Availability of an effective vaccine is viewed as crucial in the fight against COVID-19, but researchers warn against ‘vaccine nationalism’. The latest vaccine development updates are aggregated in a new online tracker.
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Cost of ‘Vaccine Nationalism’
A new embargoed study from the not-for-profit research organisation RAND Europe shows that global access to COVID-19 vaccines could save the global economy up to €1.03 trillion ($1.2 trillion) a year, compared to the ‘nationalistic’ behaviour scenarios.
According to the study, the virus should be contained on the global scale. Otherwise, if countries pursue protecting only their own citizens and hoarding supplies competitively bought directly from pharmaceutical companies, this would have substantial economic penalties on both national and global levels associated with prolonged negative impact of the pandemic.
The study compared two scenarios. First included the impact on global GDP of various containment measures, such as physical distancing, and changes in consumer in sectors like hospitality, retail and healthcare. Second baseline scenario implied sufficient immunisation of population in every country.
The estimates show that even if high- and middle-income countries would have access to a vaccine, the losses for the global economy would reach €131 billion ($153 billion) a year in GDP terms. For the US it would be almost €14 billion ($16 billion) a year, the EU €34 billion ($40 billion) a year, the UK over €4 billion ($5 billion) a year, China €12 billion ($14 billion) a year, and other high-income countries collectively over €33 billion ($39 billion) a year.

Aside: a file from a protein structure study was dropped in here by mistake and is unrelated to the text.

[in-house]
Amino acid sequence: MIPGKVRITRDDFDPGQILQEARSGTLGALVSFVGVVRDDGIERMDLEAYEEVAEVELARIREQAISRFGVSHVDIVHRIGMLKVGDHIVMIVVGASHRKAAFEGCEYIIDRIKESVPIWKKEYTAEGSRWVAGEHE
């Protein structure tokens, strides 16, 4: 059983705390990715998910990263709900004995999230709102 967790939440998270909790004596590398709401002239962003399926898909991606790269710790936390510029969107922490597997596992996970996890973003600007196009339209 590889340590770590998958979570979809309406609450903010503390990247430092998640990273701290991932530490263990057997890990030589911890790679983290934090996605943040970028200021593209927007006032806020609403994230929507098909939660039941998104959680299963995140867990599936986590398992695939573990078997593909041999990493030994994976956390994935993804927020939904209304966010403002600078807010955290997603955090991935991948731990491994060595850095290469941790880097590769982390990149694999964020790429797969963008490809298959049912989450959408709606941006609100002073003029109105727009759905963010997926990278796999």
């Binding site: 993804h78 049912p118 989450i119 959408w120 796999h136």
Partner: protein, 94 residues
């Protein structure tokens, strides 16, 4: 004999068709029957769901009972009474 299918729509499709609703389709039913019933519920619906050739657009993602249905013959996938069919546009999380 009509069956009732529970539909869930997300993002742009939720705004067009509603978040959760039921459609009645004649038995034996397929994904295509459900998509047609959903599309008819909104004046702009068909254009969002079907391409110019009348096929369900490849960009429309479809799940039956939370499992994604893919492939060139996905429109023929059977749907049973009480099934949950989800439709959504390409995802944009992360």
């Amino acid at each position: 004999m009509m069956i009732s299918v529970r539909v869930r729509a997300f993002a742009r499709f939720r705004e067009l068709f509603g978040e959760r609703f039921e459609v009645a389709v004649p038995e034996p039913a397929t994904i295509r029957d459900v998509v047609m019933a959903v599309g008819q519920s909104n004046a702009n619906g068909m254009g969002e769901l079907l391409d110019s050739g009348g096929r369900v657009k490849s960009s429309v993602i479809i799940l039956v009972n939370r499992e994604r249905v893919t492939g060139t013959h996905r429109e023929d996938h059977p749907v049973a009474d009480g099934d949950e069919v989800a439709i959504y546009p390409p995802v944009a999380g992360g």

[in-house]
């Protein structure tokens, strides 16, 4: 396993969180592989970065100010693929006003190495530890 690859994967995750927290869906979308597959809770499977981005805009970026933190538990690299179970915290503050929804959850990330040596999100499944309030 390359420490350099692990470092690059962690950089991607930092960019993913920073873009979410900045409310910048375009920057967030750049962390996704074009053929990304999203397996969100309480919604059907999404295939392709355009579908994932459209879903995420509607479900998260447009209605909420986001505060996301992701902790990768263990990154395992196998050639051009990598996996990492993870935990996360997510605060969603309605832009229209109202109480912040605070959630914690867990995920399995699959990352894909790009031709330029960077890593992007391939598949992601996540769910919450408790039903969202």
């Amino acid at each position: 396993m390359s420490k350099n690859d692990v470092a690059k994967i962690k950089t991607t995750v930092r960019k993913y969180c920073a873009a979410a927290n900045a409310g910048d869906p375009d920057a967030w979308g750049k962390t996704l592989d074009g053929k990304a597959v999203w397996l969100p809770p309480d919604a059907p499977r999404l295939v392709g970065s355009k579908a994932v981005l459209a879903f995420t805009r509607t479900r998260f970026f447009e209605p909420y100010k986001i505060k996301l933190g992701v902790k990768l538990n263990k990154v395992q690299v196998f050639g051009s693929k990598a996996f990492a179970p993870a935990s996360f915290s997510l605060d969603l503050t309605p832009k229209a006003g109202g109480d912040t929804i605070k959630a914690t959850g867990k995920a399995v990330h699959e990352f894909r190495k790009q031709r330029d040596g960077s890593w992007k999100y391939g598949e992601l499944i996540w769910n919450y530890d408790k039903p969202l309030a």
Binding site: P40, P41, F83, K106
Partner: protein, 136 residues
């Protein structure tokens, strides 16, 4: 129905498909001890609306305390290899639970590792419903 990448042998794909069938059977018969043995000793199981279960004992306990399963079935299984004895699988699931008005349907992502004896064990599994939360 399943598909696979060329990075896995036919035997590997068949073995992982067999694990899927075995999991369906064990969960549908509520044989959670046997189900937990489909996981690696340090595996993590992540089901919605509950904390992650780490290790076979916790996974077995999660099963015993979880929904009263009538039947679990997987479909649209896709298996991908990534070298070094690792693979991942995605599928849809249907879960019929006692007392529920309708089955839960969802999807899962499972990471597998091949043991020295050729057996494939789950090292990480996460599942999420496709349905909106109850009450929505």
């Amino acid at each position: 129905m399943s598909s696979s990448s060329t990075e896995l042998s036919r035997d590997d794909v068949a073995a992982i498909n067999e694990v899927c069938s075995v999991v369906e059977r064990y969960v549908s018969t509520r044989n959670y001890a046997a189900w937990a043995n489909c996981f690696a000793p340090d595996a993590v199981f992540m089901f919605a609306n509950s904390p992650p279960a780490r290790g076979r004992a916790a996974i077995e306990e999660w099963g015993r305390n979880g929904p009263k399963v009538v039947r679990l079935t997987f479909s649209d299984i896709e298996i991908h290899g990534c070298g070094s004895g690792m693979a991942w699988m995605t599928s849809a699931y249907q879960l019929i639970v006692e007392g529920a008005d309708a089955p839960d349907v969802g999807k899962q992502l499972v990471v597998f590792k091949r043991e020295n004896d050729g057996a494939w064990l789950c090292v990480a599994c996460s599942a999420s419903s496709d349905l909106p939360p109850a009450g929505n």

In this context, economic incentives to ensure access to vaccine in lower-income countries could cost over €21 billion ($25 billion), but if the poorest countries are denied this access, for the US, the UK, the EU and other high-income countries the loss would stand at €102 billion ($119 billion) a year. Otherwise, the high-income countries would get back over €5 for every €1 spent ($4.8/$1).
Researchers also looked into a situation where no vaccine was developed. In comparison with the baseline scenario, the global economic cost of the COVID-19 pandemic would stand at €3 trillion ($3.4 trillion) a year in lost GDP.
"Our findings suggest that there are real economic incentives for the higher income countries to drive vaccine development and distribution to ensure that the rest of the world has access to vaccines as soon as possible," said Marco Hafner, the study's lead author and senior economist at RAND Europe.
Online Vaccine Tracker
Researchers at McGill University have created an online COVID-19 vaccine tracker aiming to provide reliable real-time information on the current testing developments.
The tracker updates the data on 116 trials for 50 vaccines around the world
on a weekly basis. For each vaccine information is provided on the trial phase,
the developers, participating countries, etc. There is as well a colour-coded
map of the vaccine trials, and users have a possibility to ask questions about COVID-19
Another feature of the tracker is the community immunity tool, which allows users to simulate the spread of a disease and the impact of a vaccine depending on a number of input parameters.
The team behind the new tool aims to “help the public find and access reliable information about COVID-19 vaccines, improve understanding about the vaccine testing process, and manage expectations about when a vaccine may be available”, according Nicole Basta, associate professor in the Department of Epidemiology, Biostatistics and Occupational Health at McGill. The researchers stress that the availability of clear, consistent and unbiased information on COVID-19 vaccines is the key factor in defeating the pandemic.
Image credit: McGill COVID-19 Tracker